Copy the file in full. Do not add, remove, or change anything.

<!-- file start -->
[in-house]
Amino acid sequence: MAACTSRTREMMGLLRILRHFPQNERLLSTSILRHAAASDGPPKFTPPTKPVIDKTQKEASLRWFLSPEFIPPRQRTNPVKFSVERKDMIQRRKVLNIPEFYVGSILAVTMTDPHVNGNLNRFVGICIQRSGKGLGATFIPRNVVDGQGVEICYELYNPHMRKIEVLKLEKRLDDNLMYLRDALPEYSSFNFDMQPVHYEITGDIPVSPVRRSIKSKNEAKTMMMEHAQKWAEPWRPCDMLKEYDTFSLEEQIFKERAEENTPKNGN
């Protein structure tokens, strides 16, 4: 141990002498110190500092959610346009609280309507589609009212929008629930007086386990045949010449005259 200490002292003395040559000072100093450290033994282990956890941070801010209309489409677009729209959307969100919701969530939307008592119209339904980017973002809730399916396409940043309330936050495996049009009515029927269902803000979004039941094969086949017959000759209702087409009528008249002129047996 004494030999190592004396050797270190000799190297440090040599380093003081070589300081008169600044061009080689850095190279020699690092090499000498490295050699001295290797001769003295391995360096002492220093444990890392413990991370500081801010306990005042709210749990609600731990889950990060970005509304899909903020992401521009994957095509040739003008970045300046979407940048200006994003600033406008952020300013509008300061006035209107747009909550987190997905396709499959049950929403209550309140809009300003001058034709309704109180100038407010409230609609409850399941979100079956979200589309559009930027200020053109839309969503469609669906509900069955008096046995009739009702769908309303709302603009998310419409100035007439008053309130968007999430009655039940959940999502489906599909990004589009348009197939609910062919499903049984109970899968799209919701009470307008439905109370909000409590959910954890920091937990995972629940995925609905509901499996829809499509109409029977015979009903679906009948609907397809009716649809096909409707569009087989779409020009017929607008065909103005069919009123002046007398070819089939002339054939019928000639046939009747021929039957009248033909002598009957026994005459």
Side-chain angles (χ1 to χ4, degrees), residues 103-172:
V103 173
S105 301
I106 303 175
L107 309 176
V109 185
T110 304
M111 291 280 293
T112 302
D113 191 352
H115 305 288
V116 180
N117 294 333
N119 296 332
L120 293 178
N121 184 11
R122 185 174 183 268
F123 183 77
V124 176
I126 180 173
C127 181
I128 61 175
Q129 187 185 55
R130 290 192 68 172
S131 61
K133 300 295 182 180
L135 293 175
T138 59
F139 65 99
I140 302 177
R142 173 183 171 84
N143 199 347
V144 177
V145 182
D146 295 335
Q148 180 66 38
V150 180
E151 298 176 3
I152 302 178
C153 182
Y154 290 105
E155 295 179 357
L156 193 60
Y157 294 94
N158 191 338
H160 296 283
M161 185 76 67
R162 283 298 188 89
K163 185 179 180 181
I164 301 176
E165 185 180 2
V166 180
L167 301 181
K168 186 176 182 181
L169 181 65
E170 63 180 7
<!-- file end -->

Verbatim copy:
[in-house]
Amino acid sequence: MAACTSRTREMMGLLRILRHFPQNERLLSTSILRHAAASDGPPKFTPPTKPVIDKTQKEASLRWFLSPEFIPPRQRTNPVKFSVERKDMIQRRKVLNIPEFYVGSILAVTMTDPHVNGNLNRFVGICIQRSGKGLGATFIPRNVVDGQGVEICYELYNPHMRKIEVLKLEKRLDDNLMYLRDALPEYSSFNFDMQPVHYEITGDIPVSPVRRSIKSKNEAKTMMMEHAQKWAEPWRPCDMLKEYDTFSLEEQIFKERAEENTPKNGN
């Protein structure tokens, strides 16, 4: 141990002498110190500092959610346009609280309507589609009212929008629930007086386990045949010449005259 200490002292003395040559000072100093450290033994282990956890941070801010209309489409677009729209959307969100919701969530939307008592119209339904980017973002809730399916396409940043309330936050495996049009009515029927269902803000979004039941094969086949017959000759209702087409009528008249002129047996 004494030999190592004396050797270190000799190297440090040599380093003081070589300081008169600044061009080689850095190279020699690092090499000498490295050699001295290797001769003295391995360096002492220093444990890392413990991370500081801010306990005042709210749990609600731990889950990060970005509304899909903020992401521009994957095509040739003008970045300046979407940048200006994003600033406008952020300013509008300061006035209107747009909550987190997905396709499959049950929403209550309140809009300003001058034709309704109180100038407010409230609609409850399941979100079956979200589309559009930027200020053109839309969503469609669906509900069955008096046995009739009702769908309303709302603009998310419409100035007439008053309130968007999430009655039940959940999502489906599909990004589009348009197939609910062919499903049984109970899968799209919701009470307008439905109370909000409590959910954890920091937990995972629940995925609905509901499996829809499509109409029977015979009903679906009948609907397809009716649809096909409707569009087989779409020009017929607008065909103005069919009123002046007398070819089939002339054939019928000639046939009747021929039957009248033909002598009957026994005459």
Side-chain angles (χ1 to χ4, degrees), residues 103-172:
V103 173
S105 301
I106 303 175
L107 309 176
V109 185
T110 304
M111 291 280 293
T112 302
D113 191 352
H115 305 288
V116 180
N117 294 333
N119 296 332
L120 293 178
N121 184 11
R122 185 174 183 268
F123 183 77
V124 176
I126 180 173
C127 181
I128 61 175
Q129 187 185 55
R130 290 192 68 172
S131 61
K133 300 295 182 180
L135 293 175
T138 59
F139 65 99
I140 302 177
R142 173 183 171 84
N143 199 347
V144 177
V145 182
D146 295 335
Q148 180 66 38
V150 180
E151 298 176 3
I152 302 178
C153 182
Y154 290 105
E155 295 179 357
L156 193 60
Y157 294 94
N158 191 338
H160 296 283
M161 185 76 67
R162 283 298 188 89
K163 185 179 180 181
I164 301 176
E165 185 180 2
V166 180
L167 301 181
K168 186 176 182 181
L169 181 65
E170 63 180 7